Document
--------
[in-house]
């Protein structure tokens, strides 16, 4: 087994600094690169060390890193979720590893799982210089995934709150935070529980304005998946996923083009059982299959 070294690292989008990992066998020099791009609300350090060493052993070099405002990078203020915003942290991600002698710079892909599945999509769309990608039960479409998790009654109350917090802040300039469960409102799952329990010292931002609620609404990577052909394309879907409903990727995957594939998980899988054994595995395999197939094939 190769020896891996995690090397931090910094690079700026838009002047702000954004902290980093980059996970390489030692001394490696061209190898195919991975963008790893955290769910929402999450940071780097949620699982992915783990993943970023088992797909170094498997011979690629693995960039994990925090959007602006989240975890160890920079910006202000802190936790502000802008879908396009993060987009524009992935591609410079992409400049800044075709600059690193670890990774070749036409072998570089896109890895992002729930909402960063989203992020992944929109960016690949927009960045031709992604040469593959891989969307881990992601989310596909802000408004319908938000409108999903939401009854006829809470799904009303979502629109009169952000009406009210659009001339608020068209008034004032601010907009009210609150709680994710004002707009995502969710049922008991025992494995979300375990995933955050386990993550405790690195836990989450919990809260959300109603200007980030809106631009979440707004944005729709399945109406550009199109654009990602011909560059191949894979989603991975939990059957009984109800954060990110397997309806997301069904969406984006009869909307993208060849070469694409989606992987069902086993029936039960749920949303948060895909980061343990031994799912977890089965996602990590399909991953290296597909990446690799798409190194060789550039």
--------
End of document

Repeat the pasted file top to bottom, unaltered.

[in-house]
């Protein structure tokens, strides 16, 4: 087994600094690169060390890193979720590893799982210089995934709150935070529980304005998946996923083009059982299959 070294690292989008990992066998020099791009609300350090060493052993070099405002990078203020915003942290991600002698710079892909599945999509769309990608039960479409998790009654109350917090802040300039469960409102799952329990010292931002609620609404990577052909394309879907409903990727995957594939998980899988054994595995395999197939094939 190769020896891996995690090397931090910094690079700026838009002047702000954004902290980093980059996970390489030692001394490696061209190898195919991975963008790893955290769910929402999450940071780097949620699982992915783990993943970023088992797909170094498997011979690629693995960039994990925090959007602006989240975890160890920079910006202000802190936790502000802008879908396009993060987009524009992935591609410079992409400049800044075709600059690193670890990774070749036409072998570089896109890895992002729930909402960063989203992020992944929109960016690949927009960045031709992604040469593959891989969307881990992601989310596909802000408004319908938000409108999903939401009854006829809470799904009303979502629109009169952000009406009210659009001339608020068209008034004032601010907009009210609150709680994710004002707009995502969710049922008991025992494995979300375990995933955050386990993550405790690195836990989450919990809260959300109603200007980030809106631009979440707004944005729709399945109406550009199109654009990602011909560059191949894979989603991975939990059957009984109800954060990110397997309806997301069904969406984006009869909307993208060849070469694409989606992987069902086993029936039960749920949303948060895909980061343990031994799912977890089965996602990590399909991953290296597909990446690799798409190194060789550039």